The Jewish Studies Program, along with the Jewish Student Union and the Center for Spirituality, Dialogue and Service, hosted a successful, well-attended, lunch and learn with author and professor David Ebenbach on Sept. 8th. A discussion of the creative partnership between humanity and God in Genesis was followed by shared writing exercises.
The Jewish Student Union sponsored a Taste of Jewish Life Fair in early September. Representatives from Jewish groups across campus were represented, including the Jewish Studies Program. Many students attended and we had a chance to meet freshman and to welcome back many other familiar students.
On October 25th, the Jewish Studies Program and the Middle East Center co-sponsored a lecture by Elan Ezrachi, the author of a recently published book in Hebrew, Awakened Dream – 50 Years of Complex Unification of Jerusalem. More than 70 people, mostly Northeastern students, attended the talk. Dr. Ezrachi began by introducing himself as a third generation native to Jerusalem, and he recounted his family’s history in Jerusalem. He then discussed the complex history of Jerusalem from the British Mandate
through to the current day, illustrating his lecture with personal stories, maps, and photographs. Dr. Ezrachi focused on the political, economic, and social changes brought about by the unification of Jerusalem as a result of Israel’s victory in the 1967 “Six Day War.”
On November 1, Professor Avishalom Westreich gave a public class about the role of Jewish law within Israeli law. He asked the question, “Is it possible to have religious law in a modern state?” and proceeded to answer the question by examining how Jewish law adapts to new challenges, how it has influenced Israeli constitutional law, and how Israeli legal decisions strive to balance civil law and Jewish religious law. As examples, he cited court cases regarding surrogate pregnancy from posthumous fertilization, and issues of divorce. Prof. Westreich explained how religious law has led to the current status of chained wives, or “agunot,” in cases where the husband is refusing to give a religious divorce, and how he sees the civil courts moving to solve the problem.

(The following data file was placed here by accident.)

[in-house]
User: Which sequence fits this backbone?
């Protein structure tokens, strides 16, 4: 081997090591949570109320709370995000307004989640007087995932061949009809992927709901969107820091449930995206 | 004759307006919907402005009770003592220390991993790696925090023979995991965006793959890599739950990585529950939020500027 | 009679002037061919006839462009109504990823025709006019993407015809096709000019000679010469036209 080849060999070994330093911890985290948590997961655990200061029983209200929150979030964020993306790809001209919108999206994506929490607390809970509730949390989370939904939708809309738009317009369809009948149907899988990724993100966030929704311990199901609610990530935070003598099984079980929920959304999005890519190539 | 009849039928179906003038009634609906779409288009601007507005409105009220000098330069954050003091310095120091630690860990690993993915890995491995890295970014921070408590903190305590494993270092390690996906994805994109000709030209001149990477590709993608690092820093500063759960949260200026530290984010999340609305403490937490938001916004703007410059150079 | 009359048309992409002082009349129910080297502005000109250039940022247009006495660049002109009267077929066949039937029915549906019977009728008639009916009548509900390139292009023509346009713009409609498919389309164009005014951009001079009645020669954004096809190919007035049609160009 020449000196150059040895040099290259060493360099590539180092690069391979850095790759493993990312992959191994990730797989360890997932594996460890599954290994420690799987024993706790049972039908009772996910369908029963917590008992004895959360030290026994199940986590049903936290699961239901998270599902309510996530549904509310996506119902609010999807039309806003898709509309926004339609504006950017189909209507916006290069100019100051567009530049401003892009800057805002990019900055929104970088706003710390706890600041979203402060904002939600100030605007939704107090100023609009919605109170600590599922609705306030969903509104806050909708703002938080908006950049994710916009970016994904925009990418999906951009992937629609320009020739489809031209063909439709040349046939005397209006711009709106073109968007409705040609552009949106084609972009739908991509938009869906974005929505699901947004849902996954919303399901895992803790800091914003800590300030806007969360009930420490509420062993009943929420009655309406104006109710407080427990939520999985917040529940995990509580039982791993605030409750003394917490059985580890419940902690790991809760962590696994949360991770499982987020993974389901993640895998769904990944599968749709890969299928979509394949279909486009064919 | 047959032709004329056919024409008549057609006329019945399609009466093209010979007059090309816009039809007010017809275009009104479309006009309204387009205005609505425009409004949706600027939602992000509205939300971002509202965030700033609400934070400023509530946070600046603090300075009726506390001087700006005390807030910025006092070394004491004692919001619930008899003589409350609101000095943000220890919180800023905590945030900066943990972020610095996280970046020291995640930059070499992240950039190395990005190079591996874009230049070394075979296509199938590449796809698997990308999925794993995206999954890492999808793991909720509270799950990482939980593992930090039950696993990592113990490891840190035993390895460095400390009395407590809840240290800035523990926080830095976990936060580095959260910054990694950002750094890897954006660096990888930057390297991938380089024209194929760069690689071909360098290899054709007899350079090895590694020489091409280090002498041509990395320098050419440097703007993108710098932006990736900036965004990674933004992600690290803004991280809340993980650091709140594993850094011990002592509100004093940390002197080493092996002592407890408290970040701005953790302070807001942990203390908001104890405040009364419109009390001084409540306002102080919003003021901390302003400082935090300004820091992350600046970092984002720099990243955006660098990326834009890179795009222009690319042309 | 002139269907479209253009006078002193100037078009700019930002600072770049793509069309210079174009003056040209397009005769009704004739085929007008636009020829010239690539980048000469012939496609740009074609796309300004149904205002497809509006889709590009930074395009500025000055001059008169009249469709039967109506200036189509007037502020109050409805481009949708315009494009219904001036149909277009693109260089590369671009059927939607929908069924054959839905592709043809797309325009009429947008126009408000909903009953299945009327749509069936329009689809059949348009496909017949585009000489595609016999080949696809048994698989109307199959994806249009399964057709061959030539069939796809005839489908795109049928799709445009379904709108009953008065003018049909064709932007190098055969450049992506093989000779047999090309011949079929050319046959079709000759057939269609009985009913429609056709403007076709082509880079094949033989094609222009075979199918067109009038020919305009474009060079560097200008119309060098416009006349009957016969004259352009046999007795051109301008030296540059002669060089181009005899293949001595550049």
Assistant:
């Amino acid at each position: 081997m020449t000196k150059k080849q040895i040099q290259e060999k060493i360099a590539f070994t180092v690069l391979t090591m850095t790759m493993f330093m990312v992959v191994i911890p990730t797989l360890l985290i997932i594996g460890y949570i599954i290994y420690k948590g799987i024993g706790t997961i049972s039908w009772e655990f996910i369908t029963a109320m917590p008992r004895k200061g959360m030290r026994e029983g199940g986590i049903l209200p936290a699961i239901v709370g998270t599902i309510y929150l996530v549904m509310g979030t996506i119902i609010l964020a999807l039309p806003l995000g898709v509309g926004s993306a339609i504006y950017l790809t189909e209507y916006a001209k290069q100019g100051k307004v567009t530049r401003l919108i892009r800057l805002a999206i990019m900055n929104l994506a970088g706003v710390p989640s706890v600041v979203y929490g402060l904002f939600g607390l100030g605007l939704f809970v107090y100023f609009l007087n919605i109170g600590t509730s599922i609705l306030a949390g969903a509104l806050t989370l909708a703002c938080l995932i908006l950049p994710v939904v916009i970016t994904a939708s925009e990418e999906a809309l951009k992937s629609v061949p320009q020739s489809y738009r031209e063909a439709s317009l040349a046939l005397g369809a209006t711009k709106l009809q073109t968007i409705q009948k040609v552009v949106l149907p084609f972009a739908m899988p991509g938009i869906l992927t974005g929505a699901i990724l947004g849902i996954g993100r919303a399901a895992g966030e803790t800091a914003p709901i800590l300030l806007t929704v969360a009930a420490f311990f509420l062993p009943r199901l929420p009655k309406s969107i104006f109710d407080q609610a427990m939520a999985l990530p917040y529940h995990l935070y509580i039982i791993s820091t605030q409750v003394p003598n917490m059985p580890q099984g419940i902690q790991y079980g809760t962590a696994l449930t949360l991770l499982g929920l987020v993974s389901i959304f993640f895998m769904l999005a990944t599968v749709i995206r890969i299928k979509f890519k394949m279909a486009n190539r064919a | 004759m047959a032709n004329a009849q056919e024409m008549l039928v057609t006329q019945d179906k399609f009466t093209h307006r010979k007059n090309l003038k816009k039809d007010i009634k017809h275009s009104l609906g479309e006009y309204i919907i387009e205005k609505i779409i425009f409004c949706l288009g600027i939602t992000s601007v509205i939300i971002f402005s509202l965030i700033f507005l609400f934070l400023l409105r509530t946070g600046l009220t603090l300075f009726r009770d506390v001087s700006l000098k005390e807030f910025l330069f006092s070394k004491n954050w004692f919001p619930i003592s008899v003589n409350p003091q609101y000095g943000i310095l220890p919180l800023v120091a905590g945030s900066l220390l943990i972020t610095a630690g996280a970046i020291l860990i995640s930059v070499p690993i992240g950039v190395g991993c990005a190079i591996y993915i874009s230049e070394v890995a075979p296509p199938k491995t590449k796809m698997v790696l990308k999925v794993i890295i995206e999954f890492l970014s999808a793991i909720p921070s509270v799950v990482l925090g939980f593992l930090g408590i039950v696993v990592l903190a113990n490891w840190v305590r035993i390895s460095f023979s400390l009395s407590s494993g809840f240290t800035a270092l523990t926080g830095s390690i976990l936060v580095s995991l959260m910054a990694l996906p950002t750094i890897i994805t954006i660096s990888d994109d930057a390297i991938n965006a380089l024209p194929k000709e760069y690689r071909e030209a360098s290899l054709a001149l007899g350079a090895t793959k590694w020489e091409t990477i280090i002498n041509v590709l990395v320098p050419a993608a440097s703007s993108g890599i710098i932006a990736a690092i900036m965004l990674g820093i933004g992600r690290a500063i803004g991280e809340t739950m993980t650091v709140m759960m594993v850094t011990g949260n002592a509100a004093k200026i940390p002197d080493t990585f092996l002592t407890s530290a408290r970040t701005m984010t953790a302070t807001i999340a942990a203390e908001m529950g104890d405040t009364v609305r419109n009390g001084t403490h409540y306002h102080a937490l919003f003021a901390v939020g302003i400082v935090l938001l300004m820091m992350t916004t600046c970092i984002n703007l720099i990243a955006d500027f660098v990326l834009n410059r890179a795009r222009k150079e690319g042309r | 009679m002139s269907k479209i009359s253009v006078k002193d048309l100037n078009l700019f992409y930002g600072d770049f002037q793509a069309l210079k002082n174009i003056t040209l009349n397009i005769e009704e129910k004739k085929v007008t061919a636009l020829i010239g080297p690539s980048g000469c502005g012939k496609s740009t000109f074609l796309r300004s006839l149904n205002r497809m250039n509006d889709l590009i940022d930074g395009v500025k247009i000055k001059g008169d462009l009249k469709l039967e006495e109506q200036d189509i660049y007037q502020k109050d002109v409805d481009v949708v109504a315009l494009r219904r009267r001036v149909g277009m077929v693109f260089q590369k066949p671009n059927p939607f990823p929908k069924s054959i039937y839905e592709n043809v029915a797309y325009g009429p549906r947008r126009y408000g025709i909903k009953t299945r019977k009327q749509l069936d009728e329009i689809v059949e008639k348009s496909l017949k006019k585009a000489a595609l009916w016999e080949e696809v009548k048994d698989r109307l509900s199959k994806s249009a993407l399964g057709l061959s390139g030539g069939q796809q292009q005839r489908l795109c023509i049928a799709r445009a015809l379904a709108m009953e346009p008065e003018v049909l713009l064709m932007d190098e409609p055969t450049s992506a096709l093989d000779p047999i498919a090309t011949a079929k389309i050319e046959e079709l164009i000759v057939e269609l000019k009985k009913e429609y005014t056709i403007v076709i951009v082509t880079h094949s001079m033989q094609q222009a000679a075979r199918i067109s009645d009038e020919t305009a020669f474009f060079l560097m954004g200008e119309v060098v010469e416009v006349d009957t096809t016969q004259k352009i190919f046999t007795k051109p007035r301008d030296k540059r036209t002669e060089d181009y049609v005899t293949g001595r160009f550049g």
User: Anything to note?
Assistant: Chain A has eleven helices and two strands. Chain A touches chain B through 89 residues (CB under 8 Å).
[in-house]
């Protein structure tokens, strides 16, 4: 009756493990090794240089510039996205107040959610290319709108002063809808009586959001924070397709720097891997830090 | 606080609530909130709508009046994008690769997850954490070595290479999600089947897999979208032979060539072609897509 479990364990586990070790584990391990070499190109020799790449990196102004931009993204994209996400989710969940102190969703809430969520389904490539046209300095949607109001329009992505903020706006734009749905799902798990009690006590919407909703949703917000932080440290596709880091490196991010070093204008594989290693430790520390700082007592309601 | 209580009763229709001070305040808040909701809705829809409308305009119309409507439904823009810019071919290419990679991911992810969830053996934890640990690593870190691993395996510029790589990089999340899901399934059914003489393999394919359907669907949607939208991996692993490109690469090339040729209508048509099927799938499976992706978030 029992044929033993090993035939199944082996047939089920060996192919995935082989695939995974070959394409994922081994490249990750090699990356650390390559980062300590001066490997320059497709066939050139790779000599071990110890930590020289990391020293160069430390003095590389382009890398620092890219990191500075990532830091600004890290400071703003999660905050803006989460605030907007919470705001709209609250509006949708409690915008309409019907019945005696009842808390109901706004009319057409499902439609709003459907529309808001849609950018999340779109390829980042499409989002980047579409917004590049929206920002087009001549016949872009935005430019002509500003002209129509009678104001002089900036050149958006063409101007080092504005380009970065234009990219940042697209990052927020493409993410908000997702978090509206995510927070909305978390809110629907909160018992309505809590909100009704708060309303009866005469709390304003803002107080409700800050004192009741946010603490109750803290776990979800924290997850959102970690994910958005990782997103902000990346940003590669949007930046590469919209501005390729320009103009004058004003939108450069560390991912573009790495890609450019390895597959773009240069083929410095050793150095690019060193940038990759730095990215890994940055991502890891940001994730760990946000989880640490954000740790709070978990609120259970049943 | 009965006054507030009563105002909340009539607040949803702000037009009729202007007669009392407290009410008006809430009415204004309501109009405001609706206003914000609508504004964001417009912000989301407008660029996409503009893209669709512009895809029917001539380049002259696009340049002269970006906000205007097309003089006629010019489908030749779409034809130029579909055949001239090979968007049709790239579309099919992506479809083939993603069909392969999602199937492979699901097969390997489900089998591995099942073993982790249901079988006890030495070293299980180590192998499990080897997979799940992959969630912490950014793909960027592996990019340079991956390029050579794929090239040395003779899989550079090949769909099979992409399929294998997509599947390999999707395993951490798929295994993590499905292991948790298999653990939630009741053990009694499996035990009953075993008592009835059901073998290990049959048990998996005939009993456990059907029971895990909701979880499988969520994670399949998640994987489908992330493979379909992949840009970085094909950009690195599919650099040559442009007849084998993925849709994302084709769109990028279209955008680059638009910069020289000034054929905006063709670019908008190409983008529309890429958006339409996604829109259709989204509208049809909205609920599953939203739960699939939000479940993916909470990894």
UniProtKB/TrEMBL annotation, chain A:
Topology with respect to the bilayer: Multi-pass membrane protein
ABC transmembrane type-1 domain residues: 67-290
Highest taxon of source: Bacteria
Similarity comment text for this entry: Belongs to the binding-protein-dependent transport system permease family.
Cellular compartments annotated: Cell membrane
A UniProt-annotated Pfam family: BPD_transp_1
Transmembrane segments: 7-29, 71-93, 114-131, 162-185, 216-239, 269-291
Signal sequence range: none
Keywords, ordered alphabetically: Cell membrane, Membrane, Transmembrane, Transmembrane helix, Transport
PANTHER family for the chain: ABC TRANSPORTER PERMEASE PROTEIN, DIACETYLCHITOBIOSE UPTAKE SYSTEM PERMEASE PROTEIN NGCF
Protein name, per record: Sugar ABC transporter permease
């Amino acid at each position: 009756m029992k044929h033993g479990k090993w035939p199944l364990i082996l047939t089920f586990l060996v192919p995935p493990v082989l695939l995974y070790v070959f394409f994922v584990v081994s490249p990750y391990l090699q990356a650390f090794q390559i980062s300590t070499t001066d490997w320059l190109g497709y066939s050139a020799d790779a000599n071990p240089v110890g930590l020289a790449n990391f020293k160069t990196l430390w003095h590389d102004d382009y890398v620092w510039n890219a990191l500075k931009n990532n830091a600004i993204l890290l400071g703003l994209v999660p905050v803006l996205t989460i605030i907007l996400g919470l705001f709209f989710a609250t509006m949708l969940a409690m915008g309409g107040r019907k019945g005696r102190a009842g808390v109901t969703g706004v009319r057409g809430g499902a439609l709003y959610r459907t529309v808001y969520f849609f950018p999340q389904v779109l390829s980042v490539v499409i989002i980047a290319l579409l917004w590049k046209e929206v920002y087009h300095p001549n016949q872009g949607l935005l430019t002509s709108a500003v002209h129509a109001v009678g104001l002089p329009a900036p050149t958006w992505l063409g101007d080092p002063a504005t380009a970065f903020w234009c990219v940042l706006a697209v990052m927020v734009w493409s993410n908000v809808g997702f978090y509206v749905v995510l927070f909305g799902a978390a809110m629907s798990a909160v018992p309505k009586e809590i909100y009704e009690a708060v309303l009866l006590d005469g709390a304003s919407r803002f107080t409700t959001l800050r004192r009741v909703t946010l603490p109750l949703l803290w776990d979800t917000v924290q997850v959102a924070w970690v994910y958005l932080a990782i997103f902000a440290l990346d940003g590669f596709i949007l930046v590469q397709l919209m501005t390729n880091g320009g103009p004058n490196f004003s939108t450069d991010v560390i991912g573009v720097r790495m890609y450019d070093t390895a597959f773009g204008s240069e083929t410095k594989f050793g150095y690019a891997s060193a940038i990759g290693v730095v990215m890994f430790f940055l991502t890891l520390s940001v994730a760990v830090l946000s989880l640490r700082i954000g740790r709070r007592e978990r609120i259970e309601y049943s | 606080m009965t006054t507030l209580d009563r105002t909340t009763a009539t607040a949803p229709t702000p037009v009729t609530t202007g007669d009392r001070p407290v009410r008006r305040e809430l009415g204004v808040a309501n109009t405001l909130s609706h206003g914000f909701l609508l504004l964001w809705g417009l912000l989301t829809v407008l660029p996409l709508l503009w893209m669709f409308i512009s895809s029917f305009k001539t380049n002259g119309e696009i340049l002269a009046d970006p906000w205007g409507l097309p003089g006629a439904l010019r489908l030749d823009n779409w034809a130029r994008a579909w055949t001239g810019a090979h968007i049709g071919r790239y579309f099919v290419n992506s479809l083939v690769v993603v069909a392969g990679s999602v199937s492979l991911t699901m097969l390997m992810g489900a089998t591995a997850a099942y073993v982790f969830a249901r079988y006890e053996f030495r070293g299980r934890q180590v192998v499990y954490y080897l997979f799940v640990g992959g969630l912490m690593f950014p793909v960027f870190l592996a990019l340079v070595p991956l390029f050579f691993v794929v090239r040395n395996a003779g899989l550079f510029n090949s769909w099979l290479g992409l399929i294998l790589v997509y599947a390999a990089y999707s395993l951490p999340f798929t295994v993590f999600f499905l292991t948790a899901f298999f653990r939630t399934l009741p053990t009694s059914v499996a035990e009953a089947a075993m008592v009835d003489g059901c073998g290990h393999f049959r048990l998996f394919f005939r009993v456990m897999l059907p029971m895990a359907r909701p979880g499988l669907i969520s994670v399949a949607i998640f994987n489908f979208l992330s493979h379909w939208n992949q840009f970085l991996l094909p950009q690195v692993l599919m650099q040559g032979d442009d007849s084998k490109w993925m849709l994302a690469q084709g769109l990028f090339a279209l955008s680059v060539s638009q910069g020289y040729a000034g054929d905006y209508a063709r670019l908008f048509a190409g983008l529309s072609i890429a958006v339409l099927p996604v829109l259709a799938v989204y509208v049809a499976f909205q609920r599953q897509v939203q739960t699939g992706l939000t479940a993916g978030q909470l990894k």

For the Fourth Annual Israel Studies Lecture on November 27th, Professor Gershon Shafir,
Distinguished Professor at UC San Diego, spoke to an audience of 75 students, faculty, and community members on the topic of “Occupational Risks: Israel in the West Bank.” Based on research from his most recent book, Professor Shafir reviewed some of the history, terminology, legalities, and facts on the ground of Israel’s presence in the West Bank. He argued that while Israel has to cope with various limitations in overseeing this territory, which he delineated, in the political arena changing approaches to the language that describes what had been
called the “occupation” and changing policies serve to create a psychic barrier between left and right both in Israeli society and abroad. Professor Shafir cautiously expressed the view that a two-state solution is still feasible and desirable.
On the second night of Chanukah, the Jewish Studies Program, along with the Jewish Student Union, Chabad, and the Center for Spirituality, Dialogue and Service, hosted a Chanukah party for over 125 students, faculty, and guests. Rabbi Becky Silverstein led a candle-lighting service, followed by Chanukah music from “Too Klez for Comfort,” featuring Northeastern’s
own Professor Phil Brown. Attendees feasted on latkes and doughnuts, played dreidel, and ate chocolate gelt. It was a great way to celebrate Chanukah and the end of the semester.
Read the rest of the Spring 2018 Haverim newsletter here: